Traditional Roman Catholic Thoughts

Traditional Roman Catholic Thoughts

Reintroducing Logic and Reason to the Age of Sentimentalism

Rediscover Jesus

All of the posts under the "Rediscover Jesus" category.

Top Posts of 2017

Happy New Year! As we roll in 2018, I wanted to take a few minutes to highlight the top posts on the blog. In years past, I would highlight the top ten articles from that particular year and share it on Facebook and Twitter. This year, I thought I’d try something a little different.

As some of you may be new, it’d be good to highlight the posts in an article. One thing I noticed that was different this year was that my top ten posts were all written in previous years, meaning that none of the articles I published in 2017 were the most read articles. So what I thought I’d do was to highlight the top ten posts (top five from 2017 and top five from previous years) and comment as to why they might be.

Top Five Blog Posts of 2017.

#5
Four Years of a Disastrous Papacy

I wrote this on the evening of Pope Francis’ four year anniversary of being elected Pope. I highlight some of the things he has done, as well as what makes his papacy, in my opinion, the worst of them all. Not only does he repeatedly blasphemy both God and Mary, but he both preaches a doctrine and lives a life that is not Catholic.

With the release of the “Dictator Pope” book last month, I think it demonstrates the type of Pope we have.

#4
Heretical Garbage: For Research Purposes Only

I created a stamp that allows you to mark books (or anything really) with this phrase. I had seen this idea as a picture at some point but couldn’t find an affordable way of purchasing it. To date, 56 copies have been sold. Thank you!

#3
Pope Francis Denies the Catholic Faith and the Precepts of the Church Again

About a year ago now, Pope Francis said that if you “go to Mass, but then don’t speak with my parents, help my grandparents or the poor, go and see those who are sick, this does not prove my faith, there’s no point.” One of the precepts of the Church is to go to Mass every week, unless some circumstance prevents you, typically health related. To intentionally miss Mass is a mortal sin.

The story would be different if he said that you shouldn’t receive Holy Communion if you have been disrespectful to your parents or intentionally neglect the sick or poor, but as usual, it wasn’t. This isn’t the first time that he said you shouldn’t go to Mass and it likely won’t be the last.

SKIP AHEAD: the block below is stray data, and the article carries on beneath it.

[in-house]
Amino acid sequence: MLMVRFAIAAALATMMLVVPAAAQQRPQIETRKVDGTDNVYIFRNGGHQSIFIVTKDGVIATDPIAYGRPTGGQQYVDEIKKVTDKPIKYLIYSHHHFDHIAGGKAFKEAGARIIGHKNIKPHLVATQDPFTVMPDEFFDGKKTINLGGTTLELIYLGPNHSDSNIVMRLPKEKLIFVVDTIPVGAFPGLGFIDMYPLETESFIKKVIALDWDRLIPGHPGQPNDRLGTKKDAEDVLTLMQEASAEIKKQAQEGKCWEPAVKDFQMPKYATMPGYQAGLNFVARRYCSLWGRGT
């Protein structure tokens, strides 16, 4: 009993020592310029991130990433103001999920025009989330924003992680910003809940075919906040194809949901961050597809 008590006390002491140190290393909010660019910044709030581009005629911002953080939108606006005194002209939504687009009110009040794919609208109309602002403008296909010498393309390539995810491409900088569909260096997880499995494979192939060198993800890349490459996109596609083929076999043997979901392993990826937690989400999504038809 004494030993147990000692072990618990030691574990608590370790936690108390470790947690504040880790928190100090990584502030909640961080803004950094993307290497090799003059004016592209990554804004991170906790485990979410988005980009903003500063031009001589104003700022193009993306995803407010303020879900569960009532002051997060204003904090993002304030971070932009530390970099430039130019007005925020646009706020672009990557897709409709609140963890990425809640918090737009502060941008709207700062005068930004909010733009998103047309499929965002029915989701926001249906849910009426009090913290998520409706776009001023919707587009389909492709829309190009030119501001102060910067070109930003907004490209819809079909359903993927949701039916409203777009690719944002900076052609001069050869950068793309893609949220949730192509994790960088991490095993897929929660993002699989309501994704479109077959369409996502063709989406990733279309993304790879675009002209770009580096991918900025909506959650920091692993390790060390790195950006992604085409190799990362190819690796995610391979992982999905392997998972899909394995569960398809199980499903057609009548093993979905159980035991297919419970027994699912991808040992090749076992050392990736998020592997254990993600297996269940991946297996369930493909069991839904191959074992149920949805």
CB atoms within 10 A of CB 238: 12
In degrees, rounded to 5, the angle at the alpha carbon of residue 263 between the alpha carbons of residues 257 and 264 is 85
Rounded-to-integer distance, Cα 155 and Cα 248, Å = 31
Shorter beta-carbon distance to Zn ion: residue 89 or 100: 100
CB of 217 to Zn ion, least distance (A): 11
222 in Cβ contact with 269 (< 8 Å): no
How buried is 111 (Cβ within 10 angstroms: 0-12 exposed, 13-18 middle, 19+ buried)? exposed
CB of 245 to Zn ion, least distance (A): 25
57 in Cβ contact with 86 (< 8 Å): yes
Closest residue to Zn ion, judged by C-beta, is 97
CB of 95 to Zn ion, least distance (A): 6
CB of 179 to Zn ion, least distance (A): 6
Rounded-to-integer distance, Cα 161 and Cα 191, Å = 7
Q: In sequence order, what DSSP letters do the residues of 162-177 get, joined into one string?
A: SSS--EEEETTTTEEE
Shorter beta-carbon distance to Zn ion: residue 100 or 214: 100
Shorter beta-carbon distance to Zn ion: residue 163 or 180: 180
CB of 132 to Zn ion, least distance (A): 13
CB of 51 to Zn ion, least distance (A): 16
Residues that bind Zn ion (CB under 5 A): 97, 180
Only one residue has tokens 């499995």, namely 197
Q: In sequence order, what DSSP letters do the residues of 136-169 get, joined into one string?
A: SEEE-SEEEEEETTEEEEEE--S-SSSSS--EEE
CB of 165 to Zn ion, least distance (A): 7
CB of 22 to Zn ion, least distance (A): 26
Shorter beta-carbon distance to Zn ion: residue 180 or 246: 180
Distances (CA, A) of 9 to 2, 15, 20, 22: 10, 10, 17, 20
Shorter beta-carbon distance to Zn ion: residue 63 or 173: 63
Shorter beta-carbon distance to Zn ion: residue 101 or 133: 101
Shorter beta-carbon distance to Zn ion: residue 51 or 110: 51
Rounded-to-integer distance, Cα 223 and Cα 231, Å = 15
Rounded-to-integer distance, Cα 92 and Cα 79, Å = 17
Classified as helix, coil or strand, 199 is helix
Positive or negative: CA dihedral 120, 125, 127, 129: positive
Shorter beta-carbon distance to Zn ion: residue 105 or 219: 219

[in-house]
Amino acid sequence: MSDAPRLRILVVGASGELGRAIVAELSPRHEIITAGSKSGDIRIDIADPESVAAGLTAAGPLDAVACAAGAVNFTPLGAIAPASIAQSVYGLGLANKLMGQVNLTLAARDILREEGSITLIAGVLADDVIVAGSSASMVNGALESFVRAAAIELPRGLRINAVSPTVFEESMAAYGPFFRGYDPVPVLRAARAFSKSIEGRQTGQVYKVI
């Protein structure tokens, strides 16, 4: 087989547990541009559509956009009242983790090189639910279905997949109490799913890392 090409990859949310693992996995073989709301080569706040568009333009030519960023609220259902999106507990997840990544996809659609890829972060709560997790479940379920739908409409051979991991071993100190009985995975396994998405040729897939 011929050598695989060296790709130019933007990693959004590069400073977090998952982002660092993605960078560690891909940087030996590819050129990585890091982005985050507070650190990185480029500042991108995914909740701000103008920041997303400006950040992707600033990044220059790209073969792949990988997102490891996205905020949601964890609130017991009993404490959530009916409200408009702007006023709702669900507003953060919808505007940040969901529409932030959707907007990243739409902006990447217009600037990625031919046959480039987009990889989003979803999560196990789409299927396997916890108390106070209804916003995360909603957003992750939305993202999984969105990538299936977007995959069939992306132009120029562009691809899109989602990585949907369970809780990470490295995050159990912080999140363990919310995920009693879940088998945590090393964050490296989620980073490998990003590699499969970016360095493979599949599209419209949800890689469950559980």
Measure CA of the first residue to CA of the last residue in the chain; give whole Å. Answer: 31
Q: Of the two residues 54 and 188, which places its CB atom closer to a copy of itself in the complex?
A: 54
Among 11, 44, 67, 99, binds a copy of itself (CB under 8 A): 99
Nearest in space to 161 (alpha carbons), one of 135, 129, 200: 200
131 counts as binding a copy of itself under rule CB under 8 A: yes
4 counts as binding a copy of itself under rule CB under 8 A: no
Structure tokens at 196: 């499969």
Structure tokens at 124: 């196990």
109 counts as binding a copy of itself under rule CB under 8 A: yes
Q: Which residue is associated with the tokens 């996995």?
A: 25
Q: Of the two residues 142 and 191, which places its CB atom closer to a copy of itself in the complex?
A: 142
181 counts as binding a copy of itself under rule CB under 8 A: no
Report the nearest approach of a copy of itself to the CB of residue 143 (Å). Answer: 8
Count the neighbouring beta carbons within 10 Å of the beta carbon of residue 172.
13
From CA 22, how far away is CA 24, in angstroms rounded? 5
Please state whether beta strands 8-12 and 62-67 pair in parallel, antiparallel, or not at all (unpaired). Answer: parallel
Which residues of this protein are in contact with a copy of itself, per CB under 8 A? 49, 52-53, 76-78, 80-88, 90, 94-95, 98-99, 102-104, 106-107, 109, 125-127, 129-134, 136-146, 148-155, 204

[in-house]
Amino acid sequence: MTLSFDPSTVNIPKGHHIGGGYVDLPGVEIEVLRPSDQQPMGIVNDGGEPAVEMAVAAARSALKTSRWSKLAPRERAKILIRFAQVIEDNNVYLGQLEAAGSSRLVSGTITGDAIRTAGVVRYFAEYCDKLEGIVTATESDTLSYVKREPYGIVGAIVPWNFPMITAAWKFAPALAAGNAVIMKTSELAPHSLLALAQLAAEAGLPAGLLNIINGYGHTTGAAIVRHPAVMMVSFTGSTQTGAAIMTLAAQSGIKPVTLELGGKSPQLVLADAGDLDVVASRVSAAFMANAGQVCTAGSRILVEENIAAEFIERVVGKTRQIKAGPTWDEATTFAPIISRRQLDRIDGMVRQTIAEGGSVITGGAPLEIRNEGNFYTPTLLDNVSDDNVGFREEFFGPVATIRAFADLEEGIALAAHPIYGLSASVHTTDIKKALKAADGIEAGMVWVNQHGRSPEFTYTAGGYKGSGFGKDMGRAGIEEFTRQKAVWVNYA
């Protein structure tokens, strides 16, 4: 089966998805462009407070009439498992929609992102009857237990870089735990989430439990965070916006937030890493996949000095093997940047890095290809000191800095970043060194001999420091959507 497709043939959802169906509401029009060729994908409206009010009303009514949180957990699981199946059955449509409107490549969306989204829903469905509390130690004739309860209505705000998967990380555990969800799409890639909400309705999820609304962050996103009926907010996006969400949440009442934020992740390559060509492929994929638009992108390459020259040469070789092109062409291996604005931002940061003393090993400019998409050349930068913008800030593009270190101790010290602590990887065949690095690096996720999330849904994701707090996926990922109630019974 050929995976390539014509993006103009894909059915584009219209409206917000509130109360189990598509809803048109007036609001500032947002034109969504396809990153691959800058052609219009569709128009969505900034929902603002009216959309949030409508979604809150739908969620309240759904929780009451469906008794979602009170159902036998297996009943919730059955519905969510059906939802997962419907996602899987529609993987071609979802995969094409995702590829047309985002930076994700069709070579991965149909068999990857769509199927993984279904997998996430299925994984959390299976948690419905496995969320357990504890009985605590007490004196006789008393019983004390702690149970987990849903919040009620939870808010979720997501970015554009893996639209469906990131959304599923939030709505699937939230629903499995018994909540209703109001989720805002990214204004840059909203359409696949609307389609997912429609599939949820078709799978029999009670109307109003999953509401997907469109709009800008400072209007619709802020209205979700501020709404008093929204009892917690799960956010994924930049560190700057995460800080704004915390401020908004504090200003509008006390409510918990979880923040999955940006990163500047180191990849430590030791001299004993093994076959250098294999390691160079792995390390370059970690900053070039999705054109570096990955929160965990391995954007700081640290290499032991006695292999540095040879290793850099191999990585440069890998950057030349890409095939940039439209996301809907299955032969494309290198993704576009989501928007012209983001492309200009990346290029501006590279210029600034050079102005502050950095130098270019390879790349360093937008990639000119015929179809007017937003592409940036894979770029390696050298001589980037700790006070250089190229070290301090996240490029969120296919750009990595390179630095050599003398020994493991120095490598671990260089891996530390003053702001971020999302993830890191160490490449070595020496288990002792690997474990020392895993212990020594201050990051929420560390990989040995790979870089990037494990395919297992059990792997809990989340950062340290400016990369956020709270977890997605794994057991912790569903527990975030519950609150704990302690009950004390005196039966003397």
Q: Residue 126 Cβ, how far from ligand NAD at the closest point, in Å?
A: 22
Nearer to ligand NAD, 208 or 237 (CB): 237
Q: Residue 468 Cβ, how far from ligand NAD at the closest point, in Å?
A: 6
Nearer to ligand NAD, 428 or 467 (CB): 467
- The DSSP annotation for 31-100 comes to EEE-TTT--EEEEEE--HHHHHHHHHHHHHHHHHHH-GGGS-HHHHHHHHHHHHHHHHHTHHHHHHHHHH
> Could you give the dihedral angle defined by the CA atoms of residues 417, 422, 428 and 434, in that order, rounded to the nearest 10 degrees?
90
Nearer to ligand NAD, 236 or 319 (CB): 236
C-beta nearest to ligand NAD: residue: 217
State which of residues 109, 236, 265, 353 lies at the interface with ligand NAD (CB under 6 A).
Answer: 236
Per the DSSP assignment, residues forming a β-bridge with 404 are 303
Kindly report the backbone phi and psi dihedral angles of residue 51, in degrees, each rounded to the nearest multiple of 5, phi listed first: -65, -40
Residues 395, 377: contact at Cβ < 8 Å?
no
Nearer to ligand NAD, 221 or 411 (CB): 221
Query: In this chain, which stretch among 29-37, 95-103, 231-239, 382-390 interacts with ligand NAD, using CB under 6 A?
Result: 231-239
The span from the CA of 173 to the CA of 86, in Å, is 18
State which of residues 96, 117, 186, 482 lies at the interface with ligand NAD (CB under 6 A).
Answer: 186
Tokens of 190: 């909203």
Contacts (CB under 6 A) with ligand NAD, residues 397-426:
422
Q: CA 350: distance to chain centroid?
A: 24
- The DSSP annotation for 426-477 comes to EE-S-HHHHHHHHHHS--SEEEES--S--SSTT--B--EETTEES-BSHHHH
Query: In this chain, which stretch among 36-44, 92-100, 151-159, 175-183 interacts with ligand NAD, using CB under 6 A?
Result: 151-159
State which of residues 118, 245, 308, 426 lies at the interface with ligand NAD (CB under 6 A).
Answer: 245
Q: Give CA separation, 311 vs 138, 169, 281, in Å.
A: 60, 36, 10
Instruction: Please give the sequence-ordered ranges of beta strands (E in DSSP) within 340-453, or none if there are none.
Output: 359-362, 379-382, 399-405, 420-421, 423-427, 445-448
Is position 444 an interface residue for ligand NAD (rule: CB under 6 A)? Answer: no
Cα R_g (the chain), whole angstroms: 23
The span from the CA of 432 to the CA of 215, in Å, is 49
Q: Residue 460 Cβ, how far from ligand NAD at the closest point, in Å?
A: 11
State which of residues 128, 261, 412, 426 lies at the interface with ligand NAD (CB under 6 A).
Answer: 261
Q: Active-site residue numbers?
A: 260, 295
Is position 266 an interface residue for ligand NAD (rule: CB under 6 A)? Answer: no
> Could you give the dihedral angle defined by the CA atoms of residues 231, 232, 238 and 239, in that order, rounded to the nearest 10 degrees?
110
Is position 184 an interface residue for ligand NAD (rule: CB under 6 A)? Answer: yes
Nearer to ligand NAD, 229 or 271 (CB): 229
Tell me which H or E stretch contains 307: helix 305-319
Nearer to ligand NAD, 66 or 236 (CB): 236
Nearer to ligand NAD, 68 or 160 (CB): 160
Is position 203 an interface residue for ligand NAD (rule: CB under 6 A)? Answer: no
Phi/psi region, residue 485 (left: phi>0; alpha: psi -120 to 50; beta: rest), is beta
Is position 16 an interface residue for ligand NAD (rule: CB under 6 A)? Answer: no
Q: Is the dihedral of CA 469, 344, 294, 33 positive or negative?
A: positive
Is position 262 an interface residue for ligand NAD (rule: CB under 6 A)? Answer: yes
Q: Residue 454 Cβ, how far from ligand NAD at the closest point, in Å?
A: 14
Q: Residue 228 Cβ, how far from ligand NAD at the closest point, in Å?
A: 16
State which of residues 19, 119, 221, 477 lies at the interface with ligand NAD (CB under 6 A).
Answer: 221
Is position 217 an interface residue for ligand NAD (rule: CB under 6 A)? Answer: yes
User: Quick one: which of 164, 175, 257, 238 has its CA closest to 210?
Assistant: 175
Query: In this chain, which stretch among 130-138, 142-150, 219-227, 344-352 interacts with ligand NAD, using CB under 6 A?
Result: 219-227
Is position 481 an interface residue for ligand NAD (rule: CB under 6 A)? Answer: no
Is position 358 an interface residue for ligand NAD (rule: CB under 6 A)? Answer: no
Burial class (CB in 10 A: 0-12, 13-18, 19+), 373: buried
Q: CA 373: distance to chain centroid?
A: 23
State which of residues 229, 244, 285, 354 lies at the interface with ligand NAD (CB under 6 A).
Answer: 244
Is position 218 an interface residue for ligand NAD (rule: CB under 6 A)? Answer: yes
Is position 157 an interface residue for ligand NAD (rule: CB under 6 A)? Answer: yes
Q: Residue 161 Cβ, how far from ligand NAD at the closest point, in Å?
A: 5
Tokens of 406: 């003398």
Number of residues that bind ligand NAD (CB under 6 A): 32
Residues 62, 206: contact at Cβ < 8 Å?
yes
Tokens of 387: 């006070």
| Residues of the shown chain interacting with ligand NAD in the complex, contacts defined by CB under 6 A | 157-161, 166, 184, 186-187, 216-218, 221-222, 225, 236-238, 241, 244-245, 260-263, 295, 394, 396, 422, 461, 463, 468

#2
What Are the World Mission Mysteries of the Rosary and Should We Pray Them?

At the time of this article, I had received two separate rosaries in the mail in the last year that were called “World Mission Rosaries” complete with their own separate mysteries. Upon further investigation, it appears that the original intention behind the “World Mission” Rosary is good, as it calls us to pray for different areas of the world with each decade, however, the inclusion of brand new mysteries should be avoided. Thanks to Pope John Paul II for opening up this can of worms.

#1
Novus Ordo Logic: The Latin Mass Is Eh, The Novus Ordo Is Great

It is interesting isn’t it, that whenever you talk about how great the Latin Mass is, many Catholics look at you with pain and go “yeah, well, I don’t understand what’s going on!” But when you start to point out the inconsistencies with the Novus Ordo Mass, you are met with the same responses:
“But it’s the same Eucharist!”
“It’s okay that it’s different between parishes!”
“Different strokes for different folks!”

Hey, liturgical abuse is cool and should be allowed, but if you want any resemblance of reverence, then you gotta go elsewhere.

Top Five Blog Posts Pre-2017

#5
Mortal Sin Against the Third Commandment

I’m not sure why this post is still so popular. I suppose it’s because people are looking for some sense of sanity in what grave sins are against the commandments. It just goes to show that I need to continue to publish more articles on mortal sins.

#4
Mortal Sin Against the Fourth Commandment

Again, further illustrates that people want this.

#3
Why Is Matthew Kelly So Popular?

Matthew Kelly is everywhere in the Church these days. I detail how he became so popular as I used to be a fan(as can be observed in much older posts on this blog). I also point out how Matthew Kelly uses a non-traditional idea of St. Joseph’s life to prove a point which can confuse his book “Rediscover Jesus.”

#2
The Rediscover Catholicism Movement Is Not the Answer

Another article detailing why his material is fluff and should not be avoided.

#1
The Luminous Mysteries and Why You Should Dump Them

Without a doubt my most popular post, I point out how the Luminous mysteries are:

  1. A creation of John Paul II. He says so himself. They are not revealed by Mary. He never attributes them to her. His words, not mine.
  2. Inconsistent with the historical understanding of how the Rosary came to be. Initially, the Rosary was prayed by reciting all 15 decades (Joyful, Sorrowful, Glorious) for a total of 150 Hail Mary’s. These 150 Hail Mary’s is equal to the number of Psalms. Hence it’s nickname of “Our Lady’s Psalter.”